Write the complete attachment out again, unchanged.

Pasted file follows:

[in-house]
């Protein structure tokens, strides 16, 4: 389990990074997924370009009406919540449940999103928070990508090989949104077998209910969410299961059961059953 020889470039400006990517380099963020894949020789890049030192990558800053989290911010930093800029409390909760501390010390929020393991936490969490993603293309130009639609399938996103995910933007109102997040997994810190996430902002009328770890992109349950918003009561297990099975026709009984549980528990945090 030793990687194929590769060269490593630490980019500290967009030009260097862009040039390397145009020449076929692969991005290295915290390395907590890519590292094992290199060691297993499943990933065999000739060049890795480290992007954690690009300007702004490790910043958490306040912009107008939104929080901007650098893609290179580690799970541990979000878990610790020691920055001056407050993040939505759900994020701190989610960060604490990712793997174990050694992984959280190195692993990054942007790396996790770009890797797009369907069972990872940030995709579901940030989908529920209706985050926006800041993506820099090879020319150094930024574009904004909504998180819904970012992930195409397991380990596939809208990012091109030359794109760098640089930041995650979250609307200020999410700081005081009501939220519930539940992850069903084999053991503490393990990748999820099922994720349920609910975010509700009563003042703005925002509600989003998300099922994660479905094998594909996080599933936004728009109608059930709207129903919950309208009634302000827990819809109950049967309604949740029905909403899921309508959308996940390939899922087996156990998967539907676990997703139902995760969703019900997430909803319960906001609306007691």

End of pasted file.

[in-house]
């Protein structure tokens, strides 16, 4: 389990990074997924370009009406919540449940999103928070990508090989949104077998209910969410299961059961059953 020889470039400006990517380099963020894949020789890049030192990558800053989290911010930093800029409390909760501390010390929020393991936490969490993603293309130009639609399938996103995910933007109102997040997994810190996430902002009328770890992109349950918003009561297990099975026709009984549980528990945090 030793990687194929590769060269490593630490980019500290967009030009260097862009040039390397145009020449076929692969991005290295915290390395907590890519590292094992290199060691297993499943990933065999000739060049890795480290992007954690690009300007702004490790910043958490306040912009107008939104929080901007650098893609290179580690799970541990979000878990610790020691920055001056407050993040939505759900994020701190989610960060604490990712793997174990050694992984959280190195692993990054942007790396996790770009890797797009369907069972990872940030995709579901940030989908529920209706985050926006800041993506820099090879020319150094930024574009904004909504998180819904970012992930195409397991380990596939809208990012091109030359794109760098640089930041995650979250609307200020999410700081005081009501939220519930539940992850069903084999053991503490393990990748999820099922994720349920609910975010509700009563003042703005925002509600989003998300099922994660479905094998594909996080599933936004728009109608059930709207129903919950309208009634302000827990819809109950049967309604949740029905909403899921309508959308996940390939899922087996156990998967539907676990997703139902995760969703019900997430909803319960906001609306007691």